Quite what his plans were, what he proposed doing and how he should do it, Hugh had not the slightest idea. He mistrusted Slotman. He experienced exactly the same feelings as would a man who, hearing that there was a savage wild beast let loose where an immense amount of harm may be done, puts a gun under his arm and sallies forth.
Even if Joan had not the immense claim on him that she had, he believed he would do exactly what he was doing now. He might be wrong about Slotman, of course. The man might have cleared out and left the country, but Hugh fancied that he had not. Here was a little gold-mine, a young girl, rich and unprotected, a girl of whom this villain believed certain things, which if true would give him a great power over her. That they were not true, Slotman did not know, and he would use his fancied knowledge to obtain his ends and to make Joan’s life unbearable.
So Hugh Alston was here in rough, shaggy tweeds, sitting on the self-same seat beside the old stocks where most mornings Ellice Brand came.
“I’m here,” he said to himself, and pulled hard on his pipe. “I am here, and here I am going to stay. Sooner or later, unless I am dead out in my reckonings, that brute will turn up, and when he does he’ll find me here ahead of and waiting for him.”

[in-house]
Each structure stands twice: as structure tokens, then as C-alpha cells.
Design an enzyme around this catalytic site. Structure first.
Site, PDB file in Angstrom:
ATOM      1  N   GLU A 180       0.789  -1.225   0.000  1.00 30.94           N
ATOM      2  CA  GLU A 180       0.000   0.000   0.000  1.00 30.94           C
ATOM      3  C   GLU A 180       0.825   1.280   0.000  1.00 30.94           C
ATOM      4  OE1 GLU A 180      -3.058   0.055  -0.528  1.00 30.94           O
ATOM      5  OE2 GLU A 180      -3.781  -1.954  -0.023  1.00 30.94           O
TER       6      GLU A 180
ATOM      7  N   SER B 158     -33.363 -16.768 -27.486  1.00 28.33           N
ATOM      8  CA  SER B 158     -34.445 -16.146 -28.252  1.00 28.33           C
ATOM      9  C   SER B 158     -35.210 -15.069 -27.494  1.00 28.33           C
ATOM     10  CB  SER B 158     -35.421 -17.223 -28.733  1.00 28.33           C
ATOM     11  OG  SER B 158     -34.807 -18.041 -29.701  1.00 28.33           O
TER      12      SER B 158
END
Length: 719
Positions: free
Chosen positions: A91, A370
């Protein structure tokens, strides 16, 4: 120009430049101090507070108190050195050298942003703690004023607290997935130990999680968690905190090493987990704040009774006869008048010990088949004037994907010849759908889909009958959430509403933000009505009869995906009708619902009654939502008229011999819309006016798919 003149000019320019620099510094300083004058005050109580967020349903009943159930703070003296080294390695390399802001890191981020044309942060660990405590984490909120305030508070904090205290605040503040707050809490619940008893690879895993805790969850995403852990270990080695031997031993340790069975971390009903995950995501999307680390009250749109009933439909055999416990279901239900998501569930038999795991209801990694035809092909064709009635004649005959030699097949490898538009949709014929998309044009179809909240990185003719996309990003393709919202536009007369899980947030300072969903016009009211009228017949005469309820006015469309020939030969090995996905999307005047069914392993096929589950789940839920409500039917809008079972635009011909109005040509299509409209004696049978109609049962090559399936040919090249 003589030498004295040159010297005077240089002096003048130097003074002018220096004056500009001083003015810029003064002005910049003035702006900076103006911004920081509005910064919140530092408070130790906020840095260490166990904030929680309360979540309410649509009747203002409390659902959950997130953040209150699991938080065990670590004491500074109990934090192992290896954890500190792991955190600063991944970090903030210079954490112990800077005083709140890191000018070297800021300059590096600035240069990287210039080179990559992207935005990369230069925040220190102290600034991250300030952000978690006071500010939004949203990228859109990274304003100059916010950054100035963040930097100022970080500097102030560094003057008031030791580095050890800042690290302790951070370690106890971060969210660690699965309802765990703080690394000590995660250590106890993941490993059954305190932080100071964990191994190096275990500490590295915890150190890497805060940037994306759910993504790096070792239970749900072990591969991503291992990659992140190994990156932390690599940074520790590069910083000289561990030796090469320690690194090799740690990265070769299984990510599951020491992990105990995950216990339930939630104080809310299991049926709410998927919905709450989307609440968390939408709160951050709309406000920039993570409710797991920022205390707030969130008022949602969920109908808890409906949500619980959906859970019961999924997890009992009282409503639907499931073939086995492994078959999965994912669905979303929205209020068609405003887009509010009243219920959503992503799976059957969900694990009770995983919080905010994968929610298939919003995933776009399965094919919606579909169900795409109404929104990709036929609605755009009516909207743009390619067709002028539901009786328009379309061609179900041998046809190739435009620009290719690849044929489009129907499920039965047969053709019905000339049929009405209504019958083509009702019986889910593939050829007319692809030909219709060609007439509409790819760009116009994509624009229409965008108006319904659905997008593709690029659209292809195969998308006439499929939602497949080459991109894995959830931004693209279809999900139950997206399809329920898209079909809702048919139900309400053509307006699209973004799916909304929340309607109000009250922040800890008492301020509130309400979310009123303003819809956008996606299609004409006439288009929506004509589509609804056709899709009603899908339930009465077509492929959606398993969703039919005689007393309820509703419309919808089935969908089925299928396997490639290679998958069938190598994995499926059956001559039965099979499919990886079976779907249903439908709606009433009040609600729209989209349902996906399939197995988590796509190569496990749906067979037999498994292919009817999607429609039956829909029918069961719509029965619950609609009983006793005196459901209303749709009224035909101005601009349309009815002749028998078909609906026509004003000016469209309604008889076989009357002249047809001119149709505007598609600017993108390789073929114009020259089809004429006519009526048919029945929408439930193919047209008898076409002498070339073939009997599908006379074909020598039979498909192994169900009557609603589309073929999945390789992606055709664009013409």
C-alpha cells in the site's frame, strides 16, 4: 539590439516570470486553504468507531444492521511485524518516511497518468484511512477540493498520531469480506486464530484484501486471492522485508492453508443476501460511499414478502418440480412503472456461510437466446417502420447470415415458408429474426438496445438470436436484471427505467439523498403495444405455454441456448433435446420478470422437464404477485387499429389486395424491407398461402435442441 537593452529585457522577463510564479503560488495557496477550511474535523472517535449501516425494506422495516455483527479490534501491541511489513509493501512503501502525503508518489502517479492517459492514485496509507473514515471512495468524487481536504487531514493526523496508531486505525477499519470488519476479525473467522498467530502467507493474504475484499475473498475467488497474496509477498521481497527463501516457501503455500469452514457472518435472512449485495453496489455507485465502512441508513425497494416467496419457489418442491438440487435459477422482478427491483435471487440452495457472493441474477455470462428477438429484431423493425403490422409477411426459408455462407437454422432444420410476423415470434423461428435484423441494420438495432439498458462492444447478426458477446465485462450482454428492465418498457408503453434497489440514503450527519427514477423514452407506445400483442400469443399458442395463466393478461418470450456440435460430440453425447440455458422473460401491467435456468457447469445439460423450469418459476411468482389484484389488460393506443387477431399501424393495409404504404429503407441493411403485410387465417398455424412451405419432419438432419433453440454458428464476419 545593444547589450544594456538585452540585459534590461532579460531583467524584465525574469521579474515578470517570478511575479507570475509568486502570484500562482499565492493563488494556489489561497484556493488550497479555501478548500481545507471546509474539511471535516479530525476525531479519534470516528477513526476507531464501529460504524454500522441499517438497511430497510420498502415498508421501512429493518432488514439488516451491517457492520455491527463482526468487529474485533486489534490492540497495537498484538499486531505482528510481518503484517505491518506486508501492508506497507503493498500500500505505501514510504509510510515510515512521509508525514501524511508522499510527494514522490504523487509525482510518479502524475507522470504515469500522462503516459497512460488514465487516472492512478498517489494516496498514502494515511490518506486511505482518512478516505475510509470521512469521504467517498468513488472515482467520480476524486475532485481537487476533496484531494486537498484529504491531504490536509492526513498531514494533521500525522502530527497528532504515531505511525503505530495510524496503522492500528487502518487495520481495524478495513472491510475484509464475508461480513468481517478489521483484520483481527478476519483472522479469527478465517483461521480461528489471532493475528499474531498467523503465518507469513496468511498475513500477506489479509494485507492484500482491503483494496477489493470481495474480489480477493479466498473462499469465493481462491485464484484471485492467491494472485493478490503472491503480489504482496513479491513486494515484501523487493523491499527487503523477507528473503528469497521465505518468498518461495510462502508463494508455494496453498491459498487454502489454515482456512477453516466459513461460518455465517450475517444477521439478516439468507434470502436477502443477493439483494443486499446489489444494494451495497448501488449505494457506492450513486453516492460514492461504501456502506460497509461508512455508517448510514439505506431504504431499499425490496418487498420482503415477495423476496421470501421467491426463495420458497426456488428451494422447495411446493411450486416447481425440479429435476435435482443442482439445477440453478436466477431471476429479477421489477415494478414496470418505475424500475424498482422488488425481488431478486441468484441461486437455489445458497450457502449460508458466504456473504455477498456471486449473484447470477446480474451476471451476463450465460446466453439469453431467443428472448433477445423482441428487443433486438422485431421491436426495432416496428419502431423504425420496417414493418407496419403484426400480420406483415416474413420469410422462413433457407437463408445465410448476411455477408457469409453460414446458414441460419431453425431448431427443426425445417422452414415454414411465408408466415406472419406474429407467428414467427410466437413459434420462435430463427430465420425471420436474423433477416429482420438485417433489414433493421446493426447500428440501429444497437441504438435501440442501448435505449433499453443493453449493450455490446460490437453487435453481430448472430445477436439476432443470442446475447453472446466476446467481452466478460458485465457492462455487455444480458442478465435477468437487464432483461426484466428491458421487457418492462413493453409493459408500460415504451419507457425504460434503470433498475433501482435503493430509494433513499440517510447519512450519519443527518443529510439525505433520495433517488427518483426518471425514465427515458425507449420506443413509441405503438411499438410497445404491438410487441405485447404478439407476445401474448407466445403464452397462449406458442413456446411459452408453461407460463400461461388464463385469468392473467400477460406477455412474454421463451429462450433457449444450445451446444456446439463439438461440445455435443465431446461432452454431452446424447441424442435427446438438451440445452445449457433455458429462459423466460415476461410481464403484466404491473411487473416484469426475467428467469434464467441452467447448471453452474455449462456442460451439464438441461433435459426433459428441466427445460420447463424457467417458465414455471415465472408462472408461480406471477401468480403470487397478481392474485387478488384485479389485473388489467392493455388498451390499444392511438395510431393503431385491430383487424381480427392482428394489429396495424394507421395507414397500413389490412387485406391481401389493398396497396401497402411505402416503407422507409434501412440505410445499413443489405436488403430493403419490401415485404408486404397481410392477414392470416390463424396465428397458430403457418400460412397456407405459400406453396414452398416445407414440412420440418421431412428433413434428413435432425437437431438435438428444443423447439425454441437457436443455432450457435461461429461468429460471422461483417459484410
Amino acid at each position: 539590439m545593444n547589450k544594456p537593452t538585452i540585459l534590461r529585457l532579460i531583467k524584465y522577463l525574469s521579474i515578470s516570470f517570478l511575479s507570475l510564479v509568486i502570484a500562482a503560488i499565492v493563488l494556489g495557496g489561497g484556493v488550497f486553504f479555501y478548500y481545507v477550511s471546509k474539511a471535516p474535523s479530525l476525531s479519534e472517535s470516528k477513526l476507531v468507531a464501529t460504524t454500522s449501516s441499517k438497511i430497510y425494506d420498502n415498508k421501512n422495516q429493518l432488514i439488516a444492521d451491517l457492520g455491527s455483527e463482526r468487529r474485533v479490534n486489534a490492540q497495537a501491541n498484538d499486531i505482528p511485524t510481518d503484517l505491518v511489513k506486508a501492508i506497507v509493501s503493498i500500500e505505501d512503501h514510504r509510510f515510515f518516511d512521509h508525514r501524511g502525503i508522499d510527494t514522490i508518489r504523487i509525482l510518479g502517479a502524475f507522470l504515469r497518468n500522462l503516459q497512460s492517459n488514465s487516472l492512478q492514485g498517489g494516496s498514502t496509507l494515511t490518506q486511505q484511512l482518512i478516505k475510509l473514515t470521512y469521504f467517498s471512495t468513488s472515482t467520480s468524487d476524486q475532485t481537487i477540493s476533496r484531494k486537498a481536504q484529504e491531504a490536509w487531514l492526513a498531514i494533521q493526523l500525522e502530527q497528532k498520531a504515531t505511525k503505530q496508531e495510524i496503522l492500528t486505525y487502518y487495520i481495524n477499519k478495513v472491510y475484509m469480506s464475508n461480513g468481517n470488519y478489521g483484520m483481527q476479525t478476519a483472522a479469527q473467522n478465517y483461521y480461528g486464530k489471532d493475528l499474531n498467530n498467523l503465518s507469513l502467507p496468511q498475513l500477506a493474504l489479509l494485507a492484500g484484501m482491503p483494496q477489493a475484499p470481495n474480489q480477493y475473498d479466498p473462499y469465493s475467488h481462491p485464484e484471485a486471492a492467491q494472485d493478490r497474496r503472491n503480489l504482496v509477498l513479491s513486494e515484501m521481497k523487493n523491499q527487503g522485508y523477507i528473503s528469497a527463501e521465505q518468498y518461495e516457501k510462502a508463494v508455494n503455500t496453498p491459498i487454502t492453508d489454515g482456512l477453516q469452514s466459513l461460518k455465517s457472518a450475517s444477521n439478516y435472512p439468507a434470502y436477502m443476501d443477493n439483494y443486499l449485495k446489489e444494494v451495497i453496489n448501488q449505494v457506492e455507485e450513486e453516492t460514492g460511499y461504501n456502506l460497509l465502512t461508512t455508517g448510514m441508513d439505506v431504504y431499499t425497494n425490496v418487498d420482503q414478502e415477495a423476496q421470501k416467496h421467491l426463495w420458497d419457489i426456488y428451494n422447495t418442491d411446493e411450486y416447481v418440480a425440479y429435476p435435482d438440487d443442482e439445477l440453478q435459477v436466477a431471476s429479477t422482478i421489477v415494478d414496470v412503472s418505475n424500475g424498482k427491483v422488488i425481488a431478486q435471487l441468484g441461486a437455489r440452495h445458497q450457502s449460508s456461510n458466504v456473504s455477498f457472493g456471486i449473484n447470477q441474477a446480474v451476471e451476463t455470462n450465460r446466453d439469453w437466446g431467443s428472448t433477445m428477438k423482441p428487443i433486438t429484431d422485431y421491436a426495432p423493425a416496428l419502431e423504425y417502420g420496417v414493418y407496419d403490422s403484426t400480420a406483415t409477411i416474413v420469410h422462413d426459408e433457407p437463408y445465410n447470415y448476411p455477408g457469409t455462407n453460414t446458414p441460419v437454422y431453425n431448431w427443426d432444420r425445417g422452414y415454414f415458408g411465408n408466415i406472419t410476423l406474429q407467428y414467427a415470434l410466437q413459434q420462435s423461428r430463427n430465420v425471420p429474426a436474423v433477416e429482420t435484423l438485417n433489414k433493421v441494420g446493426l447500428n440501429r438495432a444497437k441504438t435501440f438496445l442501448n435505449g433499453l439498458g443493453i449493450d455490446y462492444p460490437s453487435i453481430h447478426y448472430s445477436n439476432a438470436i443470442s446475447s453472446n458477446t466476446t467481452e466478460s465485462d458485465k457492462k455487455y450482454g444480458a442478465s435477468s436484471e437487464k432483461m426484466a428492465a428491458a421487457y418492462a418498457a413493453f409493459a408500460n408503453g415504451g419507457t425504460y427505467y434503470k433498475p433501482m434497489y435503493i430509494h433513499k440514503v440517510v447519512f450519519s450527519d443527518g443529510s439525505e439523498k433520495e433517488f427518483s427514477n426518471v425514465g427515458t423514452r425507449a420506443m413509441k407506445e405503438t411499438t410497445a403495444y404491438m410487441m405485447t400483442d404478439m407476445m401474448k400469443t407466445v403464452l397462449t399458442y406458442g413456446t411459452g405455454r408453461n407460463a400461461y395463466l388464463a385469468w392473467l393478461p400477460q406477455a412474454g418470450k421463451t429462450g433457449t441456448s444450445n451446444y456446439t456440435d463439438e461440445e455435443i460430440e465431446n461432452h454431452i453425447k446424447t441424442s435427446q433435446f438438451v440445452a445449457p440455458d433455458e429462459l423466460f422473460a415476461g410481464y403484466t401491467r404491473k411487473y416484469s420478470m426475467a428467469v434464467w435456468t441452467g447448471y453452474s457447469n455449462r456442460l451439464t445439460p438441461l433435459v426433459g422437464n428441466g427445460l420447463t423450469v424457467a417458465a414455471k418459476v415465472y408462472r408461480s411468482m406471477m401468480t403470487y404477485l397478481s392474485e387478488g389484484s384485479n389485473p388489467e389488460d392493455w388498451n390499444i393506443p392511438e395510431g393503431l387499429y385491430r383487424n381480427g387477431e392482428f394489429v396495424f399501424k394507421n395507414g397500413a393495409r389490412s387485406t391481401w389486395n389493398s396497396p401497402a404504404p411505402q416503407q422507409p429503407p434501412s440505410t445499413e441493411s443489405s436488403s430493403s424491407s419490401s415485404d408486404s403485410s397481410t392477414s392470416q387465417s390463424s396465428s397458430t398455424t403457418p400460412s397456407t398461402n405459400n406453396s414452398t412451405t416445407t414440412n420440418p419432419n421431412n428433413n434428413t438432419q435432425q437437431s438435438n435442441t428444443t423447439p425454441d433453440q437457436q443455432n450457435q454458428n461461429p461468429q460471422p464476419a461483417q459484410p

“The Meredyths,” said Mrs. Bonner, “hev lived at Starden”—she called it ’Sta-a-arden’—“oh, I wouldn’t like to say for how long, centuries anyhow. Then for a time things got despirit with them, and the place was sold. Bought it was by Mr. Gorridge, a London gentleman. Thirty years he lived here. I remember him buying it; I would be about eighteen then, just before I married Bonner. Master Roger I think it was, anyhow one of ‘em—the Meredyths I mean—went to Australia and kep’ sheep or something there, and made money, and he bought the old place back, Mr. Gorridge being dead and gone. You’ll see ’is tomb in the church, Mr. Alston.”
“Thank you,” Hugh said. “I’ll be sure to look for it.”
“A wonderful expensive tomb, and much admired,” said Mrs. Bonner.
“I am sure it must be in the best taste. And then?”
“Oh, then Mr. Roger died at sea and left it all, Starden Hall and his money, to Miss Joan Meredyth. And she lives there now, and I suppose she’ll go on living there when she is married.”
“When she is married,” he repeated.
“To Mr. John Everard of Buddesby, a rare pleasant-spoken, nice gentleman as no one can speak a word against. Passes here most days in his car, he does—always running over from Buddesby, as is but natcheral.”
Starden Hall gates stood about a quarter of a mile out of Starden village, and midway between the village and the Hall gates was Mrs. Bonner’s clean, typically Kentish little cottage.